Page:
Commodities analysts' predictions of oil hitting $50 per barrel in 2015 reverberated on the stock exchanges this week, sending to one-year lows shares in Cullen/Frost Bankers and BOK Financial, two of the most exposed lenders in the sector.

In commodities this week, West Texas Intermediate crude oil and Brent crude hit their lowest levels since May 2009, with WTI closing Thursday at $54.11 and Brent finishing at $59.27. Brent will next year slide to $50 per barrel, according to seventeen analysts polled in a Bloomberg survey released on Tuesday.

Shares of Cullen/Frost in San Antonio and BOK in Tulsa, Okla., continued to dive on the release of those forecasts, falling 16.17% and 13.56%, respectively, in the month-long period ended Thursday. Each had risen less than 1% late in the trading day Friday.

Cullen/Frost Chief Executive Dick Evans appeared multiple times in television interviews this month, again and again calling for caution. "We are not in a panic," he said. Oil was $65 per barrel at the time of those interviews.

A deeper price slide may not only stress bank credits but will have direct regional impact on the workers and consumers who have enjoyed several years of booming energy growth in the Texas and central U.S.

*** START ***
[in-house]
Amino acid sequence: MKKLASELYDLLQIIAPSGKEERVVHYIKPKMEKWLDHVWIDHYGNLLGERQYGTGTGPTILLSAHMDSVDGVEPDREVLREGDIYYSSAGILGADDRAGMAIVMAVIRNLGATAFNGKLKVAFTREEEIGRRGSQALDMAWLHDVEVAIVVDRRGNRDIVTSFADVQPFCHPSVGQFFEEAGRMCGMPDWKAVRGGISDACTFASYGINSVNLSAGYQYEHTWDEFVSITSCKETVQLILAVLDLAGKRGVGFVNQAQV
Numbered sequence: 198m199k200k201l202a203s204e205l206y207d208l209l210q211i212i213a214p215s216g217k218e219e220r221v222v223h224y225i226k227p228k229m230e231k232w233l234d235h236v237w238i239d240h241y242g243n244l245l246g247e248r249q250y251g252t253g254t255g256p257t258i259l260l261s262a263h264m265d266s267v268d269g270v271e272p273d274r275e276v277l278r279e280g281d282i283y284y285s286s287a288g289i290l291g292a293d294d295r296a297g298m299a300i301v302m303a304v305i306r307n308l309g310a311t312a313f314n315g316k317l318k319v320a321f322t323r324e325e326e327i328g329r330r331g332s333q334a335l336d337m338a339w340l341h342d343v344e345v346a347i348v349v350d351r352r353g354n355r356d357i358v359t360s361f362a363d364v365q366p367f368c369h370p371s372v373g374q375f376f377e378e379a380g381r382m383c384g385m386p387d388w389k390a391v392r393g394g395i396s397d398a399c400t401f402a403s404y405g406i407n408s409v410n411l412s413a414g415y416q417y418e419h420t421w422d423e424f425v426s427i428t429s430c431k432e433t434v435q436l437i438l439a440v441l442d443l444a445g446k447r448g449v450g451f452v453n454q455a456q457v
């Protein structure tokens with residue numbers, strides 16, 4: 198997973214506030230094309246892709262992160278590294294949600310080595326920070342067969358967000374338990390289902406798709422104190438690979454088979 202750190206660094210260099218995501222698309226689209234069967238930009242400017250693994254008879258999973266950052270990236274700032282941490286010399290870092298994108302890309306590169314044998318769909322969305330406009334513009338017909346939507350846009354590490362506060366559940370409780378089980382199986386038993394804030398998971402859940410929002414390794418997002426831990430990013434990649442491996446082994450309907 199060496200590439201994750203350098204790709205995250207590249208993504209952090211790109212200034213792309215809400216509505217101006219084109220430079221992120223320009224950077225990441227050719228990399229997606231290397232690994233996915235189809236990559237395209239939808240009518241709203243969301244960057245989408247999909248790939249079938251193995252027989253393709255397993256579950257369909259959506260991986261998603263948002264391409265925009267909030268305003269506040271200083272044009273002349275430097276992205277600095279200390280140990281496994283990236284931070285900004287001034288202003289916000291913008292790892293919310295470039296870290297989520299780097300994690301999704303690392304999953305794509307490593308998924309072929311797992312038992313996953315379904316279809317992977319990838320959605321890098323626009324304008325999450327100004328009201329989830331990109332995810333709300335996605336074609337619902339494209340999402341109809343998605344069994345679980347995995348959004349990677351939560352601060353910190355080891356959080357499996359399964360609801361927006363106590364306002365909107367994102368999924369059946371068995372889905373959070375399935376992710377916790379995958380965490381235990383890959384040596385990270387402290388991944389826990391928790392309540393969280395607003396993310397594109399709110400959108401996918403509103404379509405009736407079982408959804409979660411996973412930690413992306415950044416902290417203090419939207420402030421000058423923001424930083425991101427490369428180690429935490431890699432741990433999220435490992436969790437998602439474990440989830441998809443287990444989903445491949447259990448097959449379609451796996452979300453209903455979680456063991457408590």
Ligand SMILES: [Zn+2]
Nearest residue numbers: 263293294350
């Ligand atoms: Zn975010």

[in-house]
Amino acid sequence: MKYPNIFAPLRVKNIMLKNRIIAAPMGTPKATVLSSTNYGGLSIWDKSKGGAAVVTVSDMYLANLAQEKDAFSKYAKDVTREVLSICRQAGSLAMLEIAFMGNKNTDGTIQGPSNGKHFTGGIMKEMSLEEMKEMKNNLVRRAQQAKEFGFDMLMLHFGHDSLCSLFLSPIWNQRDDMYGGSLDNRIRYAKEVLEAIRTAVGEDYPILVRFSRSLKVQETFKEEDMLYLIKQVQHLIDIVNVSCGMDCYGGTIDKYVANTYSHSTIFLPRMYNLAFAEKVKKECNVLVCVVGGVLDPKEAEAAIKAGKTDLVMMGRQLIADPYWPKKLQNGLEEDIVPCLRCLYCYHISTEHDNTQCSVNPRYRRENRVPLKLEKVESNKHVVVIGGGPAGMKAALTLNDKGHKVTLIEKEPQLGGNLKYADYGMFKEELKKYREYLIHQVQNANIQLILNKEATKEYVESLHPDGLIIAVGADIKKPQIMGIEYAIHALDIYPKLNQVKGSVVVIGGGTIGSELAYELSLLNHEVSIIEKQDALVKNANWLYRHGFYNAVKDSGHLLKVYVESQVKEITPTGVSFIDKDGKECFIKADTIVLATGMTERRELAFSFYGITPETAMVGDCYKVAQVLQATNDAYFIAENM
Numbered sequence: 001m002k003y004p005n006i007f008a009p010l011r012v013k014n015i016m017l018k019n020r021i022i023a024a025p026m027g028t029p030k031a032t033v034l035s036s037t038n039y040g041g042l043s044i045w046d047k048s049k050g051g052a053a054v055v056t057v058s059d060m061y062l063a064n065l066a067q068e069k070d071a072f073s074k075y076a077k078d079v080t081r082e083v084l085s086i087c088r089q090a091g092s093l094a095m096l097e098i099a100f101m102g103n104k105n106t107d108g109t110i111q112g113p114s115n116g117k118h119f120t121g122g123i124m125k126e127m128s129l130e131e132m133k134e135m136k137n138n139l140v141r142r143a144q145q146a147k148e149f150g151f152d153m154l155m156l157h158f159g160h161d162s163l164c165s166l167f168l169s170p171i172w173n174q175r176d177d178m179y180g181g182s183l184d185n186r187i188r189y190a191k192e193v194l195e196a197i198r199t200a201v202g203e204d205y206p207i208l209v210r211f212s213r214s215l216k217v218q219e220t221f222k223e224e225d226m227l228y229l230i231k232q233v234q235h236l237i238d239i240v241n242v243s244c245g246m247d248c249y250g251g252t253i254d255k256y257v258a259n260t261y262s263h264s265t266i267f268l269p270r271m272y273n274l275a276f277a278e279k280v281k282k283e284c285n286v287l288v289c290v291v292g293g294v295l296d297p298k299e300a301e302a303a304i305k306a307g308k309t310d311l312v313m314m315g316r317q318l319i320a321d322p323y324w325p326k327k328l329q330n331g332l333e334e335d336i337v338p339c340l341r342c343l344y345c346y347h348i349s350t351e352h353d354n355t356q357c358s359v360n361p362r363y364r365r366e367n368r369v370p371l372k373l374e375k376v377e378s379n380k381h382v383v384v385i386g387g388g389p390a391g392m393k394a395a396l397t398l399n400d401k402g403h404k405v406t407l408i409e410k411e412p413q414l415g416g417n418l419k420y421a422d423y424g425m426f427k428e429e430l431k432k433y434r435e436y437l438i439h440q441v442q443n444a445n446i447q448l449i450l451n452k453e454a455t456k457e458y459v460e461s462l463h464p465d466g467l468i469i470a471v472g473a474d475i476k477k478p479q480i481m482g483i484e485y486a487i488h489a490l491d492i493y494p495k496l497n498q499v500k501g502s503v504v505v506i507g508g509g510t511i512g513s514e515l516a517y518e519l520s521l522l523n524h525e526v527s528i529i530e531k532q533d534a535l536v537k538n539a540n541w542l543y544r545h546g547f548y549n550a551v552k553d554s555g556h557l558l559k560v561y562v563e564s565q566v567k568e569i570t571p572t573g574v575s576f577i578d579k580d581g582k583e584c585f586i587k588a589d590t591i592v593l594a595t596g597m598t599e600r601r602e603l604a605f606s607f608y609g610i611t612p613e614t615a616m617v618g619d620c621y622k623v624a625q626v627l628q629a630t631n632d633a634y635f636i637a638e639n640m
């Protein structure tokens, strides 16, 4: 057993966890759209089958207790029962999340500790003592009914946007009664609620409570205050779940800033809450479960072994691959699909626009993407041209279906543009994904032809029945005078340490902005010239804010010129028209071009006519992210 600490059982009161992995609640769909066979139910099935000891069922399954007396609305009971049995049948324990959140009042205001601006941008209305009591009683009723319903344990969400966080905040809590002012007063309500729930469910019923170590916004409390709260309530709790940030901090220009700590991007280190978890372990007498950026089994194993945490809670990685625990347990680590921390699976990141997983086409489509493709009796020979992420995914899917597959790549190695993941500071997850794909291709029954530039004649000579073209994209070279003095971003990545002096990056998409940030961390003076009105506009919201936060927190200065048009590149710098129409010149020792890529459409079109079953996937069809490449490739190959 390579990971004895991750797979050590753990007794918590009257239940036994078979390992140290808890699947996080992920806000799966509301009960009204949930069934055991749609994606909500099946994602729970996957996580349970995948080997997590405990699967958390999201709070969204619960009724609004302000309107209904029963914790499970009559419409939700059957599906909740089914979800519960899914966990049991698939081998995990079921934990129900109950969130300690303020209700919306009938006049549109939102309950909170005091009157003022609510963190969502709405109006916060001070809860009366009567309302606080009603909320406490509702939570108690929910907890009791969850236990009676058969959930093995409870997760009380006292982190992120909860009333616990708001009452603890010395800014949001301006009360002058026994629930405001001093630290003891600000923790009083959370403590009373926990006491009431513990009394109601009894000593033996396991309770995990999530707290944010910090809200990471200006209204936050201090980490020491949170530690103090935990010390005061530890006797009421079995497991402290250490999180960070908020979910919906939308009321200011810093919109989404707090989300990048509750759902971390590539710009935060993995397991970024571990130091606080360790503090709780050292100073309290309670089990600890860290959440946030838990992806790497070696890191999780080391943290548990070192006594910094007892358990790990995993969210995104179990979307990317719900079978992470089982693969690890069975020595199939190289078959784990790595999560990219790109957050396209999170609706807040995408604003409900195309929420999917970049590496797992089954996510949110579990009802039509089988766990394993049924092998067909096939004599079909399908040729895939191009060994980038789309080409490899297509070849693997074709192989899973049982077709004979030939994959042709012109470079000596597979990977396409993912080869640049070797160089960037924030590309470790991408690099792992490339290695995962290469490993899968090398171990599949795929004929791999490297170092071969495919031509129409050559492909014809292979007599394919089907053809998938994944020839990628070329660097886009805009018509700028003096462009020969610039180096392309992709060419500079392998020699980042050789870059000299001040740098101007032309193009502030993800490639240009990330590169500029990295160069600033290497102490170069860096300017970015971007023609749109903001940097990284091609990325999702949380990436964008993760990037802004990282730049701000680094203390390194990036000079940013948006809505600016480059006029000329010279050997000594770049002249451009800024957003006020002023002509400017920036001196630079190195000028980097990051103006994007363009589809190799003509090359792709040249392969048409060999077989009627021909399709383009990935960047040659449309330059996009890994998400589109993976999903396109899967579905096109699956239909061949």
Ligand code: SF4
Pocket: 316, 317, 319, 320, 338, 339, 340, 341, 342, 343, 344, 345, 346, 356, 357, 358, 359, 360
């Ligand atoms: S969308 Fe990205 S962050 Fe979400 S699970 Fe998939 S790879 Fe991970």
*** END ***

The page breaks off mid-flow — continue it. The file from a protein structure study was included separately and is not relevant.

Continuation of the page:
Texas home prices, for example, may be the most overvalued in the country, even surpassing California, according to Fitch Ratings, which on Friday reported 11% overvaluation across Texas. Home prices in Austin, Dallas and Houston each grew more than 20% since 2011. The most exposed economy in Texas to slower economic growth is Houston. Nearly 10% of Texas' economy is driven directly by oil. Nationally, that figure is only 2%.

Oil at $50 per barrel may trigger energy loan losses and adversely impact next year's earnings, Fitch said earlier this month. "For a few producers, the current $67 per barrel of West Texas Intermediate crude oil could already represent a market condition that is below breakeven." Oil will have to recover above $70 per barrel in order to avoid serious credit impacts to lenders' energy loan portfolios, they said.

Other credit analysts, such as those at Kroll Bond Rating Agency, note the impact on banks' leveraged lending. Citing the oil price collapse of the 1970s, Kroll warned that exposed banks, insurers and bond investors in leveraged loans should seriously consider repayment rights in the event that a lead bank or sponsor fails.

Among the largest U.S. banks, investors have already seen a few problems among leveraged shared national credits. Wells Fargo and Barclays several weeks ago tried and failed to syndicate an $850 million bridge loan to fund a merger between Sabine Oil & Gas and Forest Oil. The banks may face significant losses, as a result of the loans apparent illiquidity.

The extent of those losses would be calculated by where on the balance sheet each bank booked the loan. If Wells and Barclays choose to sell the loan to investors, the loan will need to be marked to market, and investors could buy it for less than the loan's value under certain market conditions. Wells could be looking at an estimated 40-cent loss on the dollar for the market value, according to Chris Mutascio at Keefe Bruyette & Woods.